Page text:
Bentley National Gallery
Self-Tour Painting Info
Piece: “Tears of Fire”
Artist: Aaron Fring
The artist, Aaron Fring, was born on Ferron in 2578 to Max and Mary Fring, a teacher and pilot respectively. As a child, he suffered from a bout of Kilos’ Malady and was bed-ridden for over a year. During that time, he passed his time sketching. As a young man, Fring enlisted in the Expeditionary Force as a Field Medic. He travelled to many systems before finally deciding to settle down on Elysium IV.
Operating a small med-station during the day, Fring took up painting again at night. He could often be found wandering the landscape for hours at a time, painting all that he saw. While he showed promise as a landscape artist, he never made much of an impression on the art community. Though he wished for more, Fring was content with his practice and his hobby.
In 2603, a new Tevarin Warlord, Corath'Thal, emerged from the corners of cosmos with a rebuilt Tevarin battle-fleet and launched his first attack against the UPE systems. The Tevarin sole mission was to reclaim Elysium IV, their former homeworld. The settlements on Elysium IV rushed to take up arms in defense of their homes. Fring attempted to re-join but the same Malady that afflicted him as a child resurfaced, preventing him from doing his duty.
On June 24, 2610 SET, Corath’Thal suffered a catastrophic defeat at the hands of Squadron 42 at the infamous Battle of Centauri. With his fleet rapidly falling to either destruction or surrender, Corath’Thal mustered his remaining loyal pilots to make a desperate charge for Elysium IV. Though they suffered an additional 70% casualty, his fleet finally reached the atmosphere of their old homeworld.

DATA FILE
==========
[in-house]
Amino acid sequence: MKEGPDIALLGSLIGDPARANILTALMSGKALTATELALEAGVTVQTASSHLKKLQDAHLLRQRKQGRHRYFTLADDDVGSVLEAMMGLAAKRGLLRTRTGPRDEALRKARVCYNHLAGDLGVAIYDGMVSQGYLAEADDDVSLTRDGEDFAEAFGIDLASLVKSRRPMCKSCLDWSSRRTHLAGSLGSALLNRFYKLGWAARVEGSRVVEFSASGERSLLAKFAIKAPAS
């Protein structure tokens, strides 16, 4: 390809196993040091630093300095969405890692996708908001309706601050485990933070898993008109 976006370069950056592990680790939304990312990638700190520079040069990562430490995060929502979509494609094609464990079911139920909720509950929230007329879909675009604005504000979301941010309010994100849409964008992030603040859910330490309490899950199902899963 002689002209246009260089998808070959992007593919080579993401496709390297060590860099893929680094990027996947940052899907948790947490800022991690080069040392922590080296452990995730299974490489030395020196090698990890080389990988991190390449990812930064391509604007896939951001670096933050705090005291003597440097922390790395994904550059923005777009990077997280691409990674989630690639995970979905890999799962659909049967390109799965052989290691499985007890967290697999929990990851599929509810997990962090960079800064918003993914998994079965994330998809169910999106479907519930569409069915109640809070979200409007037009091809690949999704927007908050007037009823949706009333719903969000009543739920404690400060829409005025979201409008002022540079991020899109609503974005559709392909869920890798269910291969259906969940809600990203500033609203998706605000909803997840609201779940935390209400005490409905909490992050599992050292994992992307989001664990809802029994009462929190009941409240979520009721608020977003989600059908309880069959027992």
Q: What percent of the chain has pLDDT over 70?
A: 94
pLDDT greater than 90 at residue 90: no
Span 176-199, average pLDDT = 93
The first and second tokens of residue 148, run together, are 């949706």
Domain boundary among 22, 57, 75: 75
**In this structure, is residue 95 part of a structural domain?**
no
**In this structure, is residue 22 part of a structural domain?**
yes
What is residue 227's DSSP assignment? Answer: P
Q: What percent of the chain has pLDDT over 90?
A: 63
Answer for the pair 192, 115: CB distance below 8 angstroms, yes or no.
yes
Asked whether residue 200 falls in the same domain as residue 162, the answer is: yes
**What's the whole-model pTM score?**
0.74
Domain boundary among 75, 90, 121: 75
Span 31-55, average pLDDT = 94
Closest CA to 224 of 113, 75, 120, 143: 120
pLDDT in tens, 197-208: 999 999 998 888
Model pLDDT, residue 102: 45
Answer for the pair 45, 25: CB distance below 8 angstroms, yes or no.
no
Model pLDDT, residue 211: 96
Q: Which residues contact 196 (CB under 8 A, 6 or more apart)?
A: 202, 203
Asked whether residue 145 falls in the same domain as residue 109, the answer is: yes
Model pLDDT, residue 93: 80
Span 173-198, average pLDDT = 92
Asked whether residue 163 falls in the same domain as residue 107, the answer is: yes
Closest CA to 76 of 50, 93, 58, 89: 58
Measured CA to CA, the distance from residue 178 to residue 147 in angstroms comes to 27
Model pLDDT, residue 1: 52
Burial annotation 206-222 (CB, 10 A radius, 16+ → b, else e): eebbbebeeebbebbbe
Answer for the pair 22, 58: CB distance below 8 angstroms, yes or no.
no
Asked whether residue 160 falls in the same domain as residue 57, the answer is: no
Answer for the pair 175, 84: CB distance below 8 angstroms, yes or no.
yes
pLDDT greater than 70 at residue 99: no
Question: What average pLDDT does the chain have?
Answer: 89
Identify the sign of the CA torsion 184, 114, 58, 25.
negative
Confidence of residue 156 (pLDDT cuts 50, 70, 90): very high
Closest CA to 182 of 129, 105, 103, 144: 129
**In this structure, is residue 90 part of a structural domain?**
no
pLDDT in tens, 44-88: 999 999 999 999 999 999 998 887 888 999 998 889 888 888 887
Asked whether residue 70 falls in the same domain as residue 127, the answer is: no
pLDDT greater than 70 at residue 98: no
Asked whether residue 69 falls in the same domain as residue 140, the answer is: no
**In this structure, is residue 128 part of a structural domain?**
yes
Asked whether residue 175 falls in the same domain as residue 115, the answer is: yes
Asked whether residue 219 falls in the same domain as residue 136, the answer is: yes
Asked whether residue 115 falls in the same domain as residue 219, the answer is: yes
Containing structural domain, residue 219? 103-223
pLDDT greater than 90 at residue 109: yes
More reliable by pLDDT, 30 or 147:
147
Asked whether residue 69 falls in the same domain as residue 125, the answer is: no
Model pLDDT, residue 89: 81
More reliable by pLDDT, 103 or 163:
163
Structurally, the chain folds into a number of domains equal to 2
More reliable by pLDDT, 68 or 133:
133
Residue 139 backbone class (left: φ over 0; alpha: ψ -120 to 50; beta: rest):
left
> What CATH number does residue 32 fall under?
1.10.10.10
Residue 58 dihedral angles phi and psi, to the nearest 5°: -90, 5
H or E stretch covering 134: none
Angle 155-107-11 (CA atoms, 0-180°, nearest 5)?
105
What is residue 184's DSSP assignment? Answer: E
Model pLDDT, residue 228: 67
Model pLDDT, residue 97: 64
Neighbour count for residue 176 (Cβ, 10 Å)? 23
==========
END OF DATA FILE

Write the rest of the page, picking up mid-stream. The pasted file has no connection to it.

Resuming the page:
Corath’Thal and his pilots lowered their thermal shields and dove for the planet.
Aaron Fring had been walking that evening. His sickness had subsided a bit. He felt he had to get out and clear his head. He wandered the landscape as he had done many times before. On the crest of a hill, he saw something spectacular:
The Tevarin fleet burning up in the atmosphere as they hurtled toward the ground.
From Art Today (2613):
"<translate> As with most art, I wasn’t trying to depict the moment exactly as it was. That’s what I’d always done in the past but this was something so much more than the visual. There was so much complexity caught up in that action, from the Tevarin, for what it meant for us as a species, and what it meant to me. I just wanted to try and capture the feeling of that fraction of time. So beautiful and so sad.</translate>"